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JamesOakley

Retrospect Clients on Windows computers with Hyper-V enabled

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This is not a post about running Retrospect (or clients) within a virtual machine.

I have a Retrospect Client running on a Windows 10 machine on which I needed to run the Android emulator that comes with Visual Studio. In order to do that, you have to turn on virtualisation / virtualization / hyper-v options within Windows.

As soon as I did that, my Retrospect Professional installation could no longer see the client (Client Not Found). I tried reinstalling the client software, but that didn't help. When I looked at the client properties in Professional, I had a hunch as to why - the IP address of the client was not the one I was expecting. It was outside the subnet I use for my local area network; I forget what IP it was, but it was still in one of the ranges reserved by IANA for local networks. Conclusion: Enabling Hyper-V must, behind the scenes, create a new network with a different subnet mask to set up a NAT system that lets any virtual machines communicate with each other and the wider network. So each virtual machine, and the host physical machine, share the same "public" IP (the IP on my actual network), and have their own internal IP that is only for VMs to communicate with each other. Somehow, the Retrospect Client had picked up that internal IP, and was broadcasting it to Retrospect Professional, so that my Professional installation was trying to use that IP address to locate the client. Not surprisingly, it failed - any traffic that doesn't originate somewhere on that client machine needs to use the single address the client has on my main network.

The solution was actually not too painful - remove the client from Professional, and re-add it, giving the IP address manually. Re-create the subvolumes etc., and everything worked.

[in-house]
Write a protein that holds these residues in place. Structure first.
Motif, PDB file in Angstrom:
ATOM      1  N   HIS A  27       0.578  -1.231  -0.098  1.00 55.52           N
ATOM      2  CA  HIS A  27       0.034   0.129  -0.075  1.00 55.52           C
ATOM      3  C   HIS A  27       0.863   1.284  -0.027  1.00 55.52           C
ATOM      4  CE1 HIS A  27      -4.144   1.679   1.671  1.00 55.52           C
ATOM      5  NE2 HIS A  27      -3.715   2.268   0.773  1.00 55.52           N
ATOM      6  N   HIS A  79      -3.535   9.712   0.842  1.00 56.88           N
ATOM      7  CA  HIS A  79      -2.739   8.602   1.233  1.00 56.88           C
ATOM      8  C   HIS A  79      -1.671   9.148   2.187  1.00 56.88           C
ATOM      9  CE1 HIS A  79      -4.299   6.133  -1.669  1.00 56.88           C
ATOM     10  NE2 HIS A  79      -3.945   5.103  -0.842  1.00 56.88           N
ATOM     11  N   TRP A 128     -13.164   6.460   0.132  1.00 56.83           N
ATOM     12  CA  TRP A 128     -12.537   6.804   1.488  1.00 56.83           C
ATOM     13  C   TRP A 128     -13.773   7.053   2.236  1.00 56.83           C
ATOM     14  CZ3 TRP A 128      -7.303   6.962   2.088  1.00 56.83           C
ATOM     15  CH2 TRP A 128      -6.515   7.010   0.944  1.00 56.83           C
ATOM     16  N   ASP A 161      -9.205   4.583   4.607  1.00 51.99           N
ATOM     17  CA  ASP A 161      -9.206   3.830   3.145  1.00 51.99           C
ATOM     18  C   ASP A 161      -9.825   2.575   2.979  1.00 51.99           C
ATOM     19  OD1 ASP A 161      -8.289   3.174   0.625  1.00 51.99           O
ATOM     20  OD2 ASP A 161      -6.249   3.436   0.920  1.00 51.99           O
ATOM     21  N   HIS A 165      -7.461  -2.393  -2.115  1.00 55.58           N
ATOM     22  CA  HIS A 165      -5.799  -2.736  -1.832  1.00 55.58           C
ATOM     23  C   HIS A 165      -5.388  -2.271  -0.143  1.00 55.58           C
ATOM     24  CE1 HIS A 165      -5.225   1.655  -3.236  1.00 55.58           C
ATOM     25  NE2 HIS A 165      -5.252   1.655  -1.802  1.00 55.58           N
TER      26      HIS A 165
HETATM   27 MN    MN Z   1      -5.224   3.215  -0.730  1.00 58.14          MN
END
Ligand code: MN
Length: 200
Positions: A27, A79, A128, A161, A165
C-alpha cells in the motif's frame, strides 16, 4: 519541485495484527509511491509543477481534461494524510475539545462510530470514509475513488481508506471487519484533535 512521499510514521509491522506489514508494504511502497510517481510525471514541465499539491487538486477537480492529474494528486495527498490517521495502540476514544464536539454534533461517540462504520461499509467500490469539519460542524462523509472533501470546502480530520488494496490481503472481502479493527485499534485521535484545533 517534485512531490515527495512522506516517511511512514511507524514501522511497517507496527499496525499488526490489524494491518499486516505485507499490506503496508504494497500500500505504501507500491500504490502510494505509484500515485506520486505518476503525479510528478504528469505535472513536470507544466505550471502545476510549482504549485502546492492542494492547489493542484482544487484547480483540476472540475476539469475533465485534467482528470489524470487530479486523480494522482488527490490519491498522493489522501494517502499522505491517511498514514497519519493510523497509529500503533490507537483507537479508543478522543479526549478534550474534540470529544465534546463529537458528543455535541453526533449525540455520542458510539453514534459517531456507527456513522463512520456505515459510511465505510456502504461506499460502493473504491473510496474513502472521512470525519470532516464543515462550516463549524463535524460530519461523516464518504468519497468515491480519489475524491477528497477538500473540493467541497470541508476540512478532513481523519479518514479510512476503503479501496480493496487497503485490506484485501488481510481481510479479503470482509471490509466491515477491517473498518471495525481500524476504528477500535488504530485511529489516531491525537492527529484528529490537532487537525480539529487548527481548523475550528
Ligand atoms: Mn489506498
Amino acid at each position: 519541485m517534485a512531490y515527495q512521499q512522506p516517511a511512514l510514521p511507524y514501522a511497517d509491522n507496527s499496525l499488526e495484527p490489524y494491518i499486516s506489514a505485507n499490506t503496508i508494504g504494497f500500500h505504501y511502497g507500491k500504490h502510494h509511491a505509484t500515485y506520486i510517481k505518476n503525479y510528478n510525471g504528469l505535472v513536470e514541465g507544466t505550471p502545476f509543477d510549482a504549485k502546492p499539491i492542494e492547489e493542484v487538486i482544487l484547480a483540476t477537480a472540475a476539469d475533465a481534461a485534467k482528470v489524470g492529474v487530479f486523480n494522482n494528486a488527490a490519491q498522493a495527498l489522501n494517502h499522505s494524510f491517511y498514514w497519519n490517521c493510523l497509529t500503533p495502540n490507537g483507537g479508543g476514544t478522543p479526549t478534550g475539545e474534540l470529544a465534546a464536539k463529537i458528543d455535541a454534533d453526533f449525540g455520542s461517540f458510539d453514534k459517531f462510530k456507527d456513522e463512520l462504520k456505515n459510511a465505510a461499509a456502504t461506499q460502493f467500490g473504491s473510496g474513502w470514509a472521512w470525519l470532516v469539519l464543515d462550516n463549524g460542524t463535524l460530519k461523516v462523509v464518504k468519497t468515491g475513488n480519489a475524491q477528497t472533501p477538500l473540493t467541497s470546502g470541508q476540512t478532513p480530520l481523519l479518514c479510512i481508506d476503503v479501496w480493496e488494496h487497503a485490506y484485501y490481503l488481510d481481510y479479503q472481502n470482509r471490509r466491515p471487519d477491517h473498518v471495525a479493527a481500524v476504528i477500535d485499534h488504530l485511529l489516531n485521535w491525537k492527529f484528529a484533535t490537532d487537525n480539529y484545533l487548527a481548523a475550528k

Until, randomly, last night the client settings switched back to using a local loop IP again. So I had to remove and re-add the client. Again.

This is solvable, and not happening too often, but is clearly a bug in the way Retrospect Client thinks it's found the IP address that should be used to contact it.

Using 15.6.1.104.

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In my experience, RS Client binds to the first interface it finds to be active -- I often see this when someone has wireless enabled but unused while they are actually using ethernet. Sounds like yours is (sometimes) seeing the virtual interface before the real one.

Instead of deleting/re-adding the client, try the instructions here <https://www.retrospect.com/en/support/kb/client_ip_binding> -- whether you use the "temporary" or "permanent" solution will probably depend on whether that machine is DHCPd or on a static IP.

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Helpful - thanks!

I'm on static IPs, and I've just discovered that I can edit that IP in the clients list in the main Retrospect Desktop application.

The annoying thing is, randomly (not every time) after rebooting the WiFi network or the client computer, the IP address gets reset to the one on the virtual interface, and I then have to reset it again in the main application.

I still think this is not how it's supposed to work!

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It's how it *does* work with Retrospect client (and has for the last umpteen years), and I've seen other IP-listener daemons do the same.

Since you are on a static, just run

retroclient.exe /ipsave <static-address>

(from the page linked above) on the client and it will always behind to your external interface rather than the virtual one -- no messing with RS Server required.

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